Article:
Sunday, July 23, 2000

'Boring' Texts No Excuse for Doing Less in High School

By CAROL JAGO


     California's Stanford 9 test results have administrators and policymakers in Sacramento breathing huge sighs of relief. In the lower grades, the plan worked. Show teachers how to provide effective instruction in math and reading, reduce class size so they can work with individual kids, and scores go up.
     Though some of the increase is a result of greater attention to test familiarity, the gains are large enough in the primary grades to indicate that real progress has been made. Take California's spelling scores, for example. Over the past two years, second- and third-graders have improved their scores by 12 percentage points.
     What made the difference was that, instead of continuing to tell kids that their ideas in writing were more important than their spelling, teachers began letting students know that both ideas and correctness were important elements of good writing. Combine this message with systematic instruction in spelling patterns and regular diagnostic assessment of students' progress, and suddenly our students are performing at the national average.
     Where we need to work next is in our high schools. Forty-nine percent of eighth-graders scored at or above the national average, compared with 36% of 11th-graders. Cynics might look at the drop and suggest that the longer kids remain in California's public schools, the dumber they get.
     Another spin on the drop in performance is that while the test items get harder from grade to grade, in many classrooms instruction does not. How can this happen? The answer is, very easily.
     Most students arrive at high school--all high schools, mind you, both suburban and urban--with chips on their shoulders. Everything is boring.
     The teachers are dinosaurs and their textbooks are dull. Many refuse to do homework or read for class on the grounds that schoolwork is all too stupid for words and utterly unconnected to their lives.
     Well-intentioned teachers often try to combat this adolescent malaise by engaging students in activities designed to stimulate interest in a subject. These projects can take up an enormous amount of class time, time that students should be spending reading, writing and talking about the subject at hand.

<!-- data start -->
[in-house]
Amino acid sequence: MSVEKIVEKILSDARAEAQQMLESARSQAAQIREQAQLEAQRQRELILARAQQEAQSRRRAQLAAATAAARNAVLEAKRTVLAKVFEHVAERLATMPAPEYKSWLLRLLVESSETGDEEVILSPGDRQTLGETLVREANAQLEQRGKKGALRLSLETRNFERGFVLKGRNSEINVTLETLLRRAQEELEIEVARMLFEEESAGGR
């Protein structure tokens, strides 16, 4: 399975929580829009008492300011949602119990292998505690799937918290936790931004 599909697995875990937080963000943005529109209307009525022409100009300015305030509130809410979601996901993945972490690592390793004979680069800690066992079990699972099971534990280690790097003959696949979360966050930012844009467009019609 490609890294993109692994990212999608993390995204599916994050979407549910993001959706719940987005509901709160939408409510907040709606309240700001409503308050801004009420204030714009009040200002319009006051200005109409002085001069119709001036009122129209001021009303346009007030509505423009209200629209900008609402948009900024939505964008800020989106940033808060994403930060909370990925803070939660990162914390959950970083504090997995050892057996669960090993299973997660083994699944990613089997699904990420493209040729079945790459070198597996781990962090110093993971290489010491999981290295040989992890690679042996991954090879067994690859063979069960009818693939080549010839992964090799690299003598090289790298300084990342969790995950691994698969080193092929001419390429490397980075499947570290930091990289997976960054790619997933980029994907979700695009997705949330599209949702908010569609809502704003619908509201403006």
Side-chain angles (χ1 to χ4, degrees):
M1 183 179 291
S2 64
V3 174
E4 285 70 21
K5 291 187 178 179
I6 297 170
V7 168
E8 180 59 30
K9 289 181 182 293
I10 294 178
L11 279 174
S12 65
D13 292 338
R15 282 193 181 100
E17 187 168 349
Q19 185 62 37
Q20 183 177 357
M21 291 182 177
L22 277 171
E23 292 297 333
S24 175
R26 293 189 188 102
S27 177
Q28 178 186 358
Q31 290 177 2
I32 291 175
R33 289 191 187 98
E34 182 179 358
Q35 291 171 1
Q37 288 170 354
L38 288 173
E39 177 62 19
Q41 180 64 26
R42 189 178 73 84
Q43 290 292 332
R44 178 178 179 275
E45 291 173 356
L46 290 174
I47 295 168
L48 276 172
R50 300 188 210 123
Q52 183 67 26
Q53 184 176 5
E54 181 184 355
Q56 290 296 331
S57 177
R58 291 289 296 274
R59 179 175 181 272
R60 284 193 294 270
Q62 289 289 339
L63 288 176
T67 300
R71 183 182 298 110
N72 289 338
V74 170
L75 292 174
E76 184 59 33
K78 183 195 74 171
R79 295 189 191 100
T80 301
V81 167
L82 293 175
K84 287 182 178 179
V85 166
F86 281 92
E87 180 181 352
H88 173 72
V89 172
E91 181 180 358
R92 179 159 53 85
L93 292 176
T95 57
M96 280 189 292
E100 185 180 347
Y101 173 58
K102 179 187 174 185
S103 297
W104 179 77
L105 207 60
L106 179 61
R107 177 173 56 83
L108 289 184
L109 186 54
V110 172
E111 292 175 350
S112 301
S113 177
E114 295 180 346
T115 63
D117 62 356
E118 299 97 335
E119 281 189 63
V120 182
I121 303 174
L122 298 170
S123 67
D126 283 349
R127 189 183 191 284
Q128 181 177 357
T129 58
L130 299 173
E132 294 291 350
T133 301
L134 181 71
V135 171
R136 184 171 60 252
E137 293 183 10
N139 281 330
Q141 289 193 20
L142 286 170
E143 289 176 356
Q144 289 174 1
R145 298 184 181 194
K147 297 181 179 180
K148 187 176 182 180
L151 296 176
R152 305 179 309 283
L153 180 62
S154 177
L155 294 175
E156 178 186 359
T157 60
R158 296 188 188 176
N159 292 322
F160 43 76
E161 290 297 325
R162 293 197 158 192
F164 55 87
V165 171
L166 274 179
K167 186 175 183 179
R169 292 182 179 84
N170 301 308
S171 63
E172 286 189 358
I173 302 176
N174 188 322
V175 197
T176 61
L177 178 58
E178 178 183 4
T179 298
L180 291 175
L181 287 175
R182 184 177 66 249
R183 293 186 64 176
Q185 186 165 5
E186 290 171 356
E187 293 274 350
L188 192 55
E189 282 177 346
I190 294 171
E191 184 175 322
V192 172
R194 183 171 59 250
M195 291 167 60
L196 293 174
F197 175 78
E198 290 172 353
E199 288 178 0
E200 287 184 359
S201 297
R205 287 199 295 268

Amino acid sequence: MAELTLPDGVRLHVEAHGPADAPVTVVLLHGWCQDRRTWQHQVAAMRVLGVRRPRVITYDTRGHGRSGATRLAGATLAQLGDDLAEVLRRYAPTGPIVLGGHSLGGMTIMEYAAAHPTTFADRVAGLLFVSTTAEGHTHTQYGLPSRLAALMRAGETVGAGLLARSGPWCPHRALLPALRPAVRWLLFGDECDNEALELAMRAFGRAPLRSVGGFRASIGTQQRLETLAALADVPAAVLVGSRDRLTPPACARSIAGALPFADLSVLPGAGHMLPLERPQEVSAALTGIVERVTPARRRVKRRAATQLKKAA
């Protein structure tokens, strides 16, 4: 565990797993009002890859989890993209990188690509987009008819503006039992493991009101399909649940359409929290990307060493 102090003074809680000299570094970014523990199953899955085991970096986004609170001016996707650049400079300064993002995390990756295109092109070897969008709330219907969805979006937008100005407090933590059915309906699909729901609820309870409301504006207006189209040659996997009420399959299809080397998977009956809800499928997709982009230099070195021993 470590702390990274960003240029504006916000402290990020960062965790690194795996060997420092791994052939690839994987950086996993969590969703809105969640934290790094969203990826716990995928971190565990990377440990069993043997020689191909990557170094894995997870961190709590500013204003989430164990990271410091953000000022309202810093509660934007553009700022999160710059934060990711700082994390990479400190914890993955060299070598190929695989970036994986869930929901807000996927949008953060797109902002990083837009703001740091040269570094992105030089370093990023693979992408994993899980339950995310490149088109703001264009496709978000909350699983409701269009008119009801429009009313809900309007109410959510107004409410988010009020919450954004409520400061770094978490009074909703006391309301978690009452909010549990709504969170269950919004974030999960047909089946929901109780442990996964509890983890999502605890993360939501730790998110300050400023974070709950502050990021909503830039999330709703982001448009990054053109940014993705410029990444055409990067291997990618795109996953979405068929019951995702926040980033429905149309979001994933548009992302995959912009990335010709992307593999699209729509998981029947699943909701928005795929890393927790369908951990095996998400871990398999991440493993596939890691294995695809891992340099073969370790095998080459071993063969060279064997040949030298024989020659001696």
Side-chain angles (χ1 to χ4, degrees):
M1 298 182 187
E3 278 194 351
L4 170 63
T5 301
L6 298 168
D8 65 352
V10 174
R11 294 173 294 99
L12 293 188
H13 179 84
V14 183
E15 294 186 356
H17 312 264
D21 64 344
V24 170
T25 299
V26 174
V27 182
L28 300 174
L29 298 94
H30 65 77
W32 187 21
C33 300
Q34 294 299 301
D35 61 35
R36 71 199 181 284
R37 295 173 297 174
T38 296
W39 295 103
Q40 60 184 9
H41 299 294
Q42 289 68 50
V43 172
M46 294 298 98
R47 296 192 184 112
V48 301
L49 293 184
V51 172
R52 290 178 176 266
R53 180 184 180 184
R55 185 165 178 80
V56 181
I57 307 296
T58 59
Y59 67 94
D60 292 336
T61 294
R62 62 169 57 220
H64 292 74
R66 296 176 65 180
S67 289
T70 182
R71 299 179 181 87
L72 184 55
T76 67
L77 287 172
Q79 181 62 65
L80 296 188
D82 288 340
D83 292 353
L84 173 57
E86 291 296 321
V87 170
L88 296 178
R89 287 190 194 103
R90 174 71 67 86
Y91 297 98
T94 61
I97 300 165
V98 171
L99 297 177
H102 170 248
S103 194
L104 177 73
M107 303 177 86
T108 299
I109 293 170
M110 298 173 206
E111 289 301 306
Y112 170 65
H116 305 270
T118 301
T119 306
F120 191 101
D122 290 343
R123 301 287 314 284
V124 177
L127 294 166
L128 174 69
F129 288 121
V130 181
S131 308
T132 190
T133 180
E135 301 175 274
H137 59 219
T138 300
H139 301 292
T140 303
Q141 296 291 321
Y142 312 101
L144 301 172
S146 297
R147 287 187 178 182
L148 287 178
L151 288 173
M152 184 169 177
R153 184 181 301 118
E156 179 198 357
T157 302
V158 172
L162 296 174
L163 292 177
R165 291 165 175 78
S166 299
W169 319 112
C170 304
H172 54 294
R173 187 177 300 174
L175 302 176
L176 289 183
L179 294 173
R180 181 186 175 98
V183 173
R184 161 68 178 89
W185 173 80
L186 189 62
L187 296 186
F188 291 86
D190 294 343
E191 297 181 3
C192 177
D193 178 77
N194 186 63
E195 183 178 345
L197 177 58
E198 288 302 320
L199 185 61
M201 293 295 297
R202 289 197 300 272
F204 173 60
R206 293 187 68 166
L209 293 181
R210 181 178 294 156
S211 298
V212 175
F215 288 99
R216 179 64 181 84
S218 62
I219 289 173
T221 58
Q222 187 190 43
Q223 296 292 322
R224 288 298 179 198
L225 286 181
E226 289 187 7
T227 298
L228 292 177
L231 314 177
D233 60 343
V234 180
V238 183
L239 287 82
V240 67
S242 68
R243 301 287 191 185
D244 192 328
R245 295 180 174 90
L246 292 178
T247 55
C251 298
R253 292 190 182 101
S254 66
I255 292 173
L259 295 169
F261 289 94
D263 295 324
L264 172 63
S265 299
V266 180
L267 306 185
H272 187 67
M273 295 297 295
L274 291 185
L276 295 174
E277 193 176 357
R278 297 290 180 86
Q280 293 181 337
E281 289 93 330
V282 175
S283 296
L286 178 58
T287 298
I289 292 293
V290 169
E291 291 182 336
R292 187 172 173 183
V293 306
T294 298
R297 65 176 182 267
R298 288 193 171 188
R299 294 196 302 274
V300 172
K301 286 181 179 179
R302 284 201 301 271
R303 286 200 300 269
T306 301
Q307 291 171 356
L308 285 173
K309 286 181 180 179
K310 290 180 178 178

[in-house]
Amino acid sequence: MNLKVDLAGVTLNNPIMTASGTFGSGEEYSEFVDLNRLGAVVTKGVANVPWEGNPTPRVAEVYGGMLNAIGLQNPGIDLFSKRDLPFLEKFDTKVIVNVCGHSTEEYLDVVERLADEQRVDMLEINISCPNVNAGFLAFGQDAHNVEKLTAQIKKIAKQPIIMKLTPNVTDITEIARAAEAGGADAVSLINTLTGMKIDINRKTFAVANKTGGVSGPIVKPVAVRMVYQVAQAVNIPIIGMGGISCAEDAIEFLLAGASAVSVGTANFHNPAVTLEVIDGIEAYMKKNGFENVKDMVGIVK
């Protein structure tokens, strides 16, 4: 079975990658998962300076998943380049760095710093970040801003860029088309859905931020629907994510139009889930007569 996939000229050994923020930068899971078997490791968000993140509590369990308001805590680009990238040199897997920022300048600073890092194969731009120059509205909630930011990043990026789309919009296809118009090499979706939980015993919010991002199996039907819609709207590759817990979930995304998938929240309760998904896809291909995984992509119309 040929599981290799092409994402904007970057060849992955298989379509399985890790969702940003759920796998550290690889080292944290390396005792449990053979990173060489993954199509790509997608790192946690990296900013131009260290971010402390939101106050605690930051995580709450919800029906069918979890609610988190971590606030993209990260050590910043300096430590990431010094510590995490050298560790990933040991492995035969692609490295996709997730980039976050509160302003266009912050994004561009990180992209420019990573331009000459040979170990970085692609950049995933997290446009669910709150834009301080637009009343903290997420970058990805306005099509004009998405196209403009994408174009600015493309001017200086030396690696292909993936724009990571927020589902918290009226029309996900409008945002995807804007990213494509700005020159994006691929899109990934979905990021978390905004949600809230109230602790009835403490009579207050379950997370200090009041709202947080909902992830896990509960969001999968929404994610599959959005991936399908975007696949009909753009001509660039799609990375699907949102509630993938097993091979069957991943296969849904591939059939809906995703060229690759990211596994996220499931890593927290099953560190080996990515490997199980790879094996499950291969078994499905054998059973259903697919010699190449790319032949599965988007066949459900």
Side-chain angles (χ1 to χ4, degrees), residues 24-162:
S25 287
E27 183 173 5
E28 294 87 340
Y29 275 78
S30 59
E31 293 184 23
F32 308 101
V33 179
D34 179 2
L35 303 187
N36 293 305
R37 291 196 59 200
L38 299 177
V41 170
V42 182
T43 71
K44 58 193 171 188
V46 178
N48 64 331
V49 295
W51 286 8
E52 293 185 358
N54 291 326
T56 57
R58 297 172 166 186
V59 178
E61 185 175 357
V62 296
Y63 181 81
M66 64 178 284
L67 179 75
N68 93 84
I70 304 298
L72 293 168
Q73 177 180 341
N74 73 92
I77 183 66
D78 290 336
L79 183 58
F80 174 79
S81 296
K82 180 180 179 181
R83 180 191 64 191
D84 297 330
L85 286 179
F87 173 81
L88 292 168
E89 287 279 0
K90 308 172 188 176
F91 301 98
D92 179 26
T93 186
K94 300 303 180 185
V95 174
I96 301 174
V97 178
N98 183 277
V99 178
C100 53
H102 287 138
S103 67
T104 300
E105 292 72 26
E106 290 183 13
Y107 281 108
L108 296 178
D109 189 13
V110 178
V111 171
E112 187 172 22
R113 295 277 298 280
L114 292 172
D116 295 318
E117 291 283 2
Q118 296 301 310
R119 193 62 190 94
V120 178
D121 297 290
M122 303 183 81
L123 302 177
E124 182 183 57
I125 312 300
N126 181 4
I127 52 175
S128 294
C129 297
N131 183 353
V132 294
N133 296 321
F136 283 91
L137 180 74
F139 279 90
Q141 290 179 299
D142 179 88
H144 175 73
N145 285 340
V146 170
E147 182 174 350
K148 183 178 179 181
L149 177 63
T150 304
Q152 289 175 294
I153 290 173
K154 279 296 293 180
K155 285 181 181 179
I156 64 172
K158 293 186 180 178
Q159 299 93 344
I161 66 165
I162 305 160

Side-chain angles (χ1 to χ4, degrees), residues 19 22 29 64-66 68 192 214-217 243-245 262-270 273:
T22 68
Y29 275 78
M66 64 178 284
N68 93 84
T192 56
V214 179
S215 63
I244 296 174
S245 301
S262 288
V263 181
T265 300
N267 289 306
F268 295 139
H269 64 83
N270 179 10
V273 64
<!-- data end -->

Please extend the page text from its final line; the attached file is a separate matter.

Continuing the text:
Trying to cope with their students' refusal to read the textbooks, many English, history and science teachers tell students about what is in the book and then show a related videotape. Students may indeed be "covering" the material, but they are neither improving their reading skills nor learning how to learn.
     Rather than giving in when high school students say something is boring, teachers need to help students get over it. Warranties on appliances, rental contracts and voters' pamphlets are boring. The difference is that adults recognize how their personal welfare is tied up with an efficient and effective reading of these documents.
     Teachers must help students see that, although the American history text is indeed boring compared with an article in the Source on Eminem, this fact in no way absolves students from the responsibility of reading about the Monroe Doctrine.
     The more teachers buy into students' cries of "boring," the more we dumb down the curriculum and work against students' success in college and in life. If we want high school students to begin to make the gains our little ones are beginning to make, both parents and teachers are going to have to demand that teenagers do more work.
     Combine this new work ethic with a commitment to intervention for high school students who can't read, class sizes of no more than 30 and standards-based professional development for teachers, and I am utterly convinced that the Golden State will soon see its secondary students shining on the Stanford 9.

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Carol Jago Teaches English at Santa Monica High School and Directs the California Reading and Literature Project at Ucla. She Can Be Reached at Jago@gseis.ucla.edu

 

Copyright 1998, 199, 2000, 2001  by David N. Shearon